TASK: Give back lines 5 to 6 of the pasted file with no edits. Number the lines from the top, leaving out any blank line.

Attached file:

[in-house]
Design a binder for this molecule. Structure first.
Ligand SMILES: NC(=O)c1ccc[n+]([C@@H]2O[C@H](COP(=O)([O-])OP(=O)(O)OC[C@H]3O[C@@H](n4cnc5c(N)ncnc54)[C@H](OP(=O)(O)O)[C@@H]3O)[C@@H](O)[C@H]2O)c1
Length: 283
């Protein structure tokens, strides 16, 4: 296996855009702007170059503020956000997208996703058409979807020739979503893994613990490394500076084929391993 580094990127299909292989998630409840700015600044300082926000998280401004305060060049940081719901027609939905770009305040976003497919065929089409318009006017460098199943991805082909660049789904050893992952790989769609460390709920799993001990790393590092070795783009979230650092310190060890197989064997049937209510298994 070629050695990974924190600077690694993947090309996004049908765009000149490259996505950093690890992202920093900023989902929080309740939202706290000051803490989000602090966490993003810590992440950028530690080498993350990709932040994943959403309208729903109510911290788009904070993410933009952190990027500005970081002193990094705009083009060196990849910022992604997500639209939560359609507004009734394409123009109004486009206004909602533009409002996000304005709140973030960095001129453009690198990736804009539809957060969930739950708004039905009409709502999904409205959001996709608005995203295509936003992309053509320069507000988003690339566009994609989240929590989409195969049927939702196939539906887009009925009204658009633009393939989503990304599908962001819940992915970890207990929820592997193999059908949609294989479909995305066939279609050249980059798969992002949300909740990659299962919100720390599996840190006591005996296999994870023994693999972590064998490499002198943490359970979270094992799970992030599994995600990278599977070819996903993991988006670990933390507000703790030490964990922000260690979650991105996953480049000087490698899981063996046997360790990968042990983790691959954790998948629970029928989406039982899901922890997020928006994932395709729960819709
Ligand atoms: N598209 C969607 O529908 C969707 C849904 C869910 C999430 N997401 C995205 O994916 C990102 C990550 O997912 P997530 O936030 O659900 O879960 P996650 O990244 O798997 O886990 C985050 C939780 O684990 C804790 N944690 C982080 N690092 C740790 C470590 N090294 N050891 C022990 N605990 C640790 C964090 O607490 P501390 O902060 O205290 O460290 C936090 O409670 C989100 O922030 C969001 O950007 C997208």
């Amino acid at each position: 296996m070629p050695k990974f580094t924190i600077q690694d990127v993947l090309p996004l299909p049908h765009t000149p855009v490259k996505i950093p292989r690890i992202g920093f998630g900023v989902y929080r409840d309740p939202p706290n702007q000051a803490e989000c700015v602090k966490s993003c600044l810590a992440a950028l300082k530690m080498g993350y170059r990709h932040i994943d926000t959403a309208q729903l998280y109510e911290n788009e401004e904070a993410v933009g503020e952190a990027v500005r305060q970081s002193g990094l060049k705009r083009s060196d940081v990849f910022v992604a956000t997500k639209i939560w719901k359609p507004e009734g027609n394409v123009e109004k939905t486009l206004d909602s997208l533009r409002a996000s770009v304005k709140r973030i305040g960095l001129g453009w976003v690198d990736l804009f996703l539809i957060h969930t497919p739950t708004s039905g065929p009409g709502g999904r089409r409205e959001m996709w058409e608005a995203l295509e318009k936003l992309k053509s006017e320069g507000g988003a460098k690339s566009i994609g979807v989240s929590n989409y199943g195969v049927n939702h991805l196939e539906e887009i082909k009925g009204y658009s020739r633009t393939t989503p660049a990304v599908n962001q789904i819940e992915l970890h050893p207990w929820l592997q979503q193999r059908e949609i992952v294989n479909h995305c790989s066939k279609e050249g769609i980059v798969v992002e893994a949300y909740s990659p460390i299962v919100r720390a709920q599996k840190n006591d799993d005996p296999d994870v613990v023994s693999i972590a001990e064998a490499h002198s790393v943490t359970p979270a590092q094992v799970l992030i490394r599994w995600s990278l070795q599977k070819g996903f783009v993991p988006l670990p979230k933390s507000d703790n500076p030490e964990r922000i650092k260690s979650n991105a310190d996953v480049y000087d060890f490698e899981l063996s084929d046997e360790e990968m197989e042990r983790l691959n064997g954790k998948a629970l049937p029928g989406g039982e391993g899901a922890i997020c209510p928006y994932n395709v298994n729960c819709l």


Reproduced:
């Protein structure tokens, strides 16, 4: 296996855009702007170059503020956000997208996703058409979807020739979503893994613990490394500076084929391993 580094990127299909292989998630409840700015600044300082926000998280401004305060060049940081719901027609939905770009305040976003497919065929089409318009006017460098199943991805082909660049789904050893992952790989769609460390709920799993001990790393590092070795783009979230650092310190060890197989064997049937209510298994 070629050695990974924190600077690694993947090309996004049908765009000149490259996505950093690890992202920093900023989902929080309740939202706290000051803490989000602090966490993003810590992440950028530690080498993350990709932040994943959403309208729903109510911290788009904070993410933009952190990027500005970081002193990094705009083009060196990849910022992604997500639209939560359609507004009734394409123009109004486009206004909602533009409002996000304005709140973030960095001129453009690198990736804009539809957060969930739950708004039905009409709502999904409205959001996709608005995203295509936003992309053509320069507000988003690339566009994609989240929590989409195969049927939702196939539906887009009925009204658009633009393939989503990304599908962001819940992915970890207990929820592997193999059908949609294989479909995305066939279609050249980059798969992002949300909740990659299962919100720390599996840190006591005996296999994870023994693999972590064998490499002198943490359970979270094992799970992030599994995600990278599977070819996903993991988006670990933390507000703790030490964990922000260690979650991105996953480049000087490698899981063996046997360790990968042990983790691959954790998948629970029928989406039982899901922890997020928006994932395709729960819709
Ligand atoms: N598209 C969607 O529908 C969707 C849904 C869910 C999430 N997401 C995205 O994916 C990102 C990550 O997912 P997530 O936030 O659900 O879960 P996650 O990244 O798997 O886990 C985050 C939780 O684990 C804790 N944690 C982080 N690092 C740790 C470590 N090294 N050891 C022990 N605990 C640790 C964090 O607490 P501390 O902060 O205290 O460290 C936090 O409670 C989100 O922030 C969001 O950007 C997208």